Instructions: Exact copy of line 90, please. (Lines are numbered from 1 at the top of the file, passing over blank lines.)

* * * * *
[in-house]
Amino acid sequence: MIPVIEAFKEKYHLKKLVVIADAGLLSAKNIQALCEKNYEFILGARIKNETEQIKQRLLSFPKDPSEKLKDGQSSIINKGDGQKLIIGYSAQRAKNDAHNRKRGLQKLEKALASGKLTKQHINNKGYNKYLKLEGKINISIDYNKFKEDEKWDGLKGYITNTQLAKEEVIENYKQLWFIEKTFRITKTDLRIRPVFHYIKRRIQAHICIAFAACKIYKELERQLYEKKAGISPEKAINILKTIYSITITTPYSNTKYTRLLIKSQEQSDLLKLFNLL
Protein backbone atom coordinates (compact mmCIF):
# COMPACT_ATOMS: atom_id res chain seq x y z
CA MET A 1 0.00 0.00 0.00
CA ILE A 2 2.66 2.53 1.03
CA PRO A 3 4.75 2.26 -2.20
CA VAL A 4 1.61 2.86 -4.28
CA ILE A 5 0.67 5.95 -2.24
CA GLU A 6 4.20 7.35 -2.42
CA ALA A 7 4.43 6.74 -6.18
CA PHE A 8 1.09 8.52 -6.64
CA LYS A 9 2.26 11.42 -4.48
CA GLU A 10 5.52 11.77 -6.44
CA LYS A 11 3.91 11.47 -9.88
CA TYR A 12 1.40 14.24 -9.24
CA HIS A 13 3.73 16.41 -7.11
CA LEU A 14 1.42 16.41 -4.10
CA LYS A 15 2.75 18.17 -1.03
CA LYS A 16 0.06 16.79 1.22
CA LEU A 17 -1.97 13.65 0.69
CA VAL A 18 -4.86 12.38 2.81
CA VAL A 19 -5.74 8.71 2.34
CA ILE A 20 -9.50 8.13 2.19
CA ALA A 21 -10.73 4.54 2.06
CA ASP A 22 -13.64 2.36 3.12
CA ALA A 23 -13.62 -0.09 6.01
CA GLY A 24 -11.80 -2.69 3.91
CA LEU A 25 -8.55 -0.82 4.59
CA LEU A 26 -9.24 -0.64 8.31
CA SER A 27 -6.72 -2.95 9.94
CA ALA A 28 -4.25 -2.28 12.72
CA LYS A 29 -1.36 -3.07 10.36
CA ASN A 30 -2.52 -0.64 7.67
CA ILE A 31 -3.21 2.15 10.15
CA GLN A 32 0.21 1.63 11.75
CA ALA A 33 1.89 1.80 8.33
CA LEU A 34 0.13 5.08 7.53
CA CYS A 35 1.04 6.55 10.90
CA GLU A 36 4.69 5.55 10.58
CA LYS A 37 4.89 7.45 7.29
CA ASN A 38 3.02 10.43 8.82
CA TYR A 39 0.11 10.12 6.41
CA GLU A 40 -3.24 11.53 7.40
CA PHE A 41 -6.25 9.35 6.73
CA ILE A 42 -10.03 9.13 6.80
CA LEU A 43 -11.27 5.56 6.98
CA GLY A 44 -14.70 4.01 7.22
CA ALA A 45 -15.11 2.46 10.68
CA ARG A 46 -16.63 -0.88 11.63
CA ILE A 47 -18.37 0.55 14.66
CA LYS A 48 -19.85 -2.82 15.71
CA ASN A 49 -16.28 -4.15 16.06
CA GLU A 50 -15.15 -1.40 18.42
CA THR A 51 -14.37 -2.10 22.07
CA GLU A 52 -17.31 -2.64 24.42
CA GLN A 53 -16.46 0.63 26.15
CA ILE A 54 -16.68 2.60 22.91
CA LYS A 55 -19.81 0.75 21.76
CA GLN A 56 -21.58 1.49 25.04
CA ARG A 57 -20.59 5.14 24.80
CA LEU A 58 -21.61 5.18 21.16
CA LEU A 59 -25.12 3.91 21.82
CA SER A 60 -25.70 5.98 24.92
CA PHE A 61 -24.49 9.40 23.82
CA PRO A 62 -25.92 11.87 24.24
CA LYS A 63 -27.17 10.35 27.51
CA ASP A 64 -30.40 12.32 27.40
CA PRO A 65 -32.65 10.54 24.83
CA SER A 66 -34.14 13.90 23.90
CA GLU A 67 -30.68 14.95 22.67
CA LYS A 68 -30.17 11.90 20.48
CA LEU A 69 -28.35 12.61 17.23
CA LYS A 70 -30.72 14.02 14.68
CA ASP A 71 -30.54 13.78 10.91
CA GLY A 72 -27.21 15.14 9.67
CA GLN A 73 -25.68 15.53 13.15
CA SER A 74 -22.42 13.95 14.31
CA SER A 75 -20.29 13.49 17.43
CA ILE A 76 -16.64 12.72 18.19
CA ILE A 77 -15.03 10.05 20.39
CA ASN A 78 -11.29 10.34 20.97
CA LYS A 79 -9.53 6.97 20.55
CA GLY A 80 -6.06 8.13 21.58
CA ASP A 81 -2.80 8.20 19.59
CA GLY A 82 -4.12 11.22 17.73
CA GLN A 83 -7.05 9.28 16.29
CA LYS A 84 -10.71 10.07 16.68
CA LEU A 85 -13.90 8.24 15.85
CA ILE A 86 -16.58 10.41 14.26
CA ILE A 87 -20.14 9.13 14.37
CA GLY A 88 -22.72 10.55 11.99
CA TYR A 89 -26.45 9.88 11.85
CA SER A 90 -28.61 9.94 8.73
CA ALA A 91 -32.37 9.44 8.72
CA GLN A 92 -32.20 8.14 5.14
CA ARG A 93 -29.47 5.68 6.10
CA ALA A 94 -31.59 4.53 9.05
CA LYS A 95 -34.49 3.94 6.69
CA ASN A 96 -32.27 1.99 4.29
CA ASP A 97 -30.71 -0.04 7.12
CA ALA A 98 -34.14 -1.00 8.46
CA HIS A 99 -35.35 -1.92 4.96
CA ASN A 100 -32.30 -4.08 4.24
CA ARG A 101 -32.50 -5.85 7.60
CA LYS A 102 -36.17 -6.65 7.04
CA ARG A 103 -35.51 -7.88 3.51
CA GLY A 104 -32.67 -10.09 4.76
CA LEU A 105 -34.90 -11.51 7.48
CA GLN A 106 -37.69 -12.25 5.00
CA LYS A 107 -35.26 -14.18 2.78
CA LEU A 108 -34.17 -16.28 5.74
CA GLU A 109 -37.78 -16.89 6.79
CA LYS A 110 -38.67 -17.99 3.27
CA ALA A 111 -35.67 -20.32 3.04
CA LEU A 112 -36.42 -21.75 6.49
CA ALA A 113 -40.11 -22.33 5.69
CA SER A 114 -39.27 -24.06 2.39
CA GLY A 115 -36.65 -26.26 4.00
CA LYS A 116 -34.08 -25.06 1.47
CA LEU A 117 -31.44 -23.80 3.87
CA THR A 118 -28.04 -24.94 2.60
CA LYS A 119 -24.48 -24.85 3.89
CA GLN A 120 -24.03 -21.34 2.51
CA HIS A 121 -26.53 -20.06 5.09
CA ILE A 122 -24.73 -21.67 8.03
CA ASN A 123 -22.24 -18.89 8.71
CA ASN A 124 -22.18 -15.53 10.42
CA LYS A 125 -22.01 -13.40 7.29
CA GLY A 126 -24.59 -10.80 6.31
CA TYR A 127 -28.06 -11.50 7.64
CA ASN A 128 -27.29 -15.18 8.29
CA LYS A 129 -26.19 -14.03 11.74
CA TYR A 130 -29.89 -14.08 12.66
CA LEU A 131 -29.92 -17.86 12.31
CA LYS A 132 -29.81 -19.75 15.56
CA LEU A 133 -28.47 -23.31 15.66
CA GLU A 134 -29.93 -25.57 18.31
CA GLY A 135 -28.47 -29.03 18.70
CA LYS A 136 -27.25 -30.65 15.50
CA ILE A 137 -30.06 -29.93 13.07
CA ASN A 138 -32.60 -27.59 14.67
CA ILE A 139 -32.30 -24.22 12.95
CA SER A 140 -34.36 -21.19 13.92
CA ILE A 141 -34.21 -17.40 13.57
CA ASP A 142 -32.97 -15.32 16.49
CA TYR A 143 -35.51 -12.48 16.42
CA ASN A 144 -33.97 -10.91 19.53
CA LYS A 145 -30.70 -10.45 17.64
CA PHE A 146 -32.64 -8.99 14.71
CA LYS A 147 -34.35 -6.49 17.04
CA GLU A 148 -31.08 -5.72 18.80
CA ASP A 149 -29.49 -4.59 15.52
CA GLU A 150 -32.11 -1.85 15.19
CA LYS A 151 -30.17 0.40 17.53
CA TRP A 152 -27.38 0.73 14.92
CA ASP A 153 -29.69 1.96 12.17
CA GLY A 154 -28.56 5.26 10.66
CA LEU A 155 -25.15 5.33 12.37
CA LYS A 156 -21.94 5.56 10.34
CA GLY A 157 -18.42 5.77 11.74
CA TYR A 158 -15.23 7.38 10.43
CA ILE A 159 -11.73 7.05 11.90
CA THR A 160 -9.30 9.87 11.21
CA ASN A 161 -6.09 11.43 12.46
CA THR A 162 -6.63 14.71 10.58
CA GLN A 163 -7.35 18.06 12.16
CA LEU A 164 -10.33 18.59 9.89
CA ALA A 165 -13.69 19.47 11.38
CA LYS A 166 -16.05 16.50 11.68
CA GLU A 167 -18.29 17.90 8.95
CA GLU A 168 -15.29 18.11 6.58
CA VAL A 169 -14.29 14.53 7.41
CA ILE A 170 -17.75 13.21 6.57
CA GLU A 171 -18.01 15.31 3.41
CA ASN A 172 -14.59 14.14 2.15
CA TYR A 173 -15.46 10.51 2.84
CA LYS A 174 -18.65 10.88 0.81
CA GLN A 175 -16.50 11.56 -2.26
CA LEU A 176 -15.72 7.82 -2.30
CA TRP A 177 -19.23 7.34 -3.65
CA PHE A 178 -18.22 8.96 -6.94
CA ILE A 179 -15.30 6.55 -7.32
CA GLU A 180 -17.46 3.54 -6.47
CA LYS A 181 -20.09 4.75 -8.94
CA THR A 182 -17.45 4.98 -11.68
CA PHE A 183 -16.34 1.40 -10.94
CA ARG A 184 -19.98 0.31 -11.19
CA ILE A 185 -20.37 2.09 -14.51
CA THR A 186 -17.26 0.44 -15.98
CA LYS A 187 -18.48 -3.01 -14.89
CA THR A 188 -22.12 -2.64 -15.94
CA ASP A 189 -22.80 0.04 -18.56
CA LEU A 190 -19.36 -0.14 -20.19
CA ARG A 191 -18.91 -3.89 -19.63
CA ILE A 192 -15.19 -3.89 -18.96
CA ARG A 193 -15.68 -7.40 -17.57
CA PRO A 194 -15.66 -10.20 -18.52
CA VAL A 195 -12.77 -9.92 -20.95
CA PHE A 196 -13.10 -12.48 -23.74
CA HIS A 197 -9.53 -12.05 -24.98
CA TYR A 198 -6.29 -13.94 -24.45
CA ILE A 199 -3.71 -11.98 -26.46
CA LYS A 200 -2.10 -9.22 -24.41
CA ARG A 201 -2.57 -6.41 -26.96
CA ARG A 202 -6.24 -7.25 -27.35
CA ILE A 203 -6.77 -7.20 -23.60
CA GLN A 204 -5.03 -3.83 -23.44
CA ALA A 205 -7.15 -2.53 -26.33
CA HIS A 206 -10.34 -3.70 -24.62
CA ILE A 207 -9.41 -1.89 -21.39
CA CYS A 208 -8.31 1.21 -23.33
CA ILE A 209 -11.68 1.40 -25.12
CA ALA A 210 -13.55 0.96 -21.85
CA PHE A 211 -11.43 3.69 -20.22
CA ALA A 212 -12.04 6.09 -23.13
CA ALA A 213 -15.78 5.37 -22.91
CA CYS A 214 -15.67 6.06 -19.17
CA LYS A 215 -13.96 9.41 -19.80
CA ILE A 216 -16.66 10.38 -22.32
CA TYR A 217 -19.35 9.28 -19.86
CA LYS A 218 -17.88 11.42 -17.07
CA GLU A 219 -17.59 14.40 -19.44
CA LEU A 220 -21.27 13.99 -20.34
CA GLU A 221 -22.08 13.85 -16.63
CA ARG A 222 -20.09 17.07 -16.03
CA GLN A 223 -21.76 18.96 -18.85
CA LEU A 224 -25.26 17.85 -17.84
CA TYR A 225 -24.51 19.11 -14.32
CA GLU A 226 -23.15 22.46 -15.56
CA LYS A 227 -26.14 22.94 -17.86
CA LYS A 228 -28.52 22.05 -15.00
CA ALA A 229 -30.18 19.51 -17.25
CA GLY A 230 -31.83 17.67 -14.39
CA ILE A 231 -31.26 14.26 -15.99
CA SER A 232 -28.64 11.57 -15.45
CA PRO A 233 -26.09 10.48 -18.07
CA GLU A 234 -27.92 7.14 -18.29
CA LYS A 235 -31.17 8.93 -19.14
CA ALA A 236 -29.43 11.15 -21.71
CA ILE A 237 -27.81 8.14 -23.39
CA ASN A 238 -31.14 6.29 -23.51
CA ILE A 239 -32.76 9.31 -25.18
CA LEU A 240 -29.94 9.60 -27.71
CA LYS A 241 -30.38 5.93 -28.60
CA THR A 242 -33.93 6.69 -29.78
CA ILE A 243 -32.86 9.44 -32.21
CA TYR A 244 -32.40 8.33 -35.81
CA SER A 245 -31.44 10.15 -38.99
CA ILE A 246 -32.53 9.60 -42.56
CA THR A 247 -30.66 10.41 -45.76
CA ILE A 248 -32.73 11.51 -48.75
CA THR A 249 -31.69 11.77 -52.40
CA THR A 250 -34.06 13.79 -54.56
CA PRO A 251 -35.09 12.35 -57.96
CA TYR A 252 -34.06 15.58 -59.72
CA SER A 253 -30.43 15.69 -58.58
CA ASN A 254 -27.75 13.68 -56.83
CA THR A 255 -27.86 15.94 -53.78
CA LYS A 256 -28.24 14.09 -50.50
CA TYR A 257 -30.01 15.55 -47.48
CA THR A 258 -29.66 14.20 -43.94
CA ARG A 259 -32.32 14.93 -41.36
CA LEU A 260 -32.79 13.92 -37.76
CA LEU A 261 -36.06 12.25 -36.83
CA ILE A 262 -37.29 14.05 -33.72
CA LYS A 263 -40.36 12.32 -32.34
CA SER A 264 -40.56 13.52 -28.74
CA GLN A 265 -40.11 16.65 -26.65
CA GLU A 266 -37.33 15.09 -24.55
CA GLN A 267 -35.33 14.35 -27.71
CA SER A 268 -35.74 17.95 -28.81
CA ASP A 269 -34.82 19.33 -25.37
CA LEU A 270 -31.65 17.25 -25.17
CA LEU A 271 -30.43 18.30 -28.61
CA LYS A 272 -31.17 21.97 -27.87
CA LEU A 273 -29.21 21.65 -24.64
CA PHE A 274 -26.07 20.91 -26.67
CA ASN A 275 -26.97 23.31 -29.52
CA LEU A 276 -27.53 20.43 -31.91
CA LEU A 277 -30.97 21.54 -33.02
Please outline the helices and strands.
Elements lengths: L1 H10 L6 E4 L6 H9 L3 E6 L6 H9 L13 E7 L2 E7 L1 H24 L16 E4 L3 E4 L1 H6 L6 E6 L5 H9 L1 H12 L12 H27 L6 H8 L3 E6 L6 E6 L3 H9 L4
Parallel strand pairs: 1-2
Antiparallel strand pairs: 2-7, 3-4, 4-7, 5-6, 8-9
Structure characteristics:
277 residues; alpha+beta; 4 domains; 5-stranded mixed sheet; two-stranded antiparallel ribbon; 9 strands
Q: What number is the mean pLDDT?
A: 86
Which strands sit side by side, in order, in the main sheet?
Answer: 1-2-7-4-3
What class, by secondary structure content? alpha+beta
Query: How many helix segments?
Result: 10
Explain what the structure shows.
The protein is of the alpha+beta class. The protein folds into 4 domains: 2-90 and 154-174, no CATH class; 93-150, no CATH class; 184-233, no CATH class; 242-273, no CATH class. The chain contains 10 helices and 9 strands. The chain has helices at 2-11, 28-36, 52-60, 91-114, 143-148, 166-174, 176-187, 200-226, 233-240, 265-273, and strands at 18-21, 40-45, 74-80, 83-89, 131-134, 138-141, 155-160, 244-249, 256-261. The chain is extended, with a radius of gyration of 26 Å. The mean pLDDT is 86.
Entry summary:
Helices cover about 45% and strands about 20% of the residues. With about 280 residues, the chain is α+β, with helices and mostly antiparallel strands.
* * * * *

CA ILE A 86 -16.58 10.41 14.26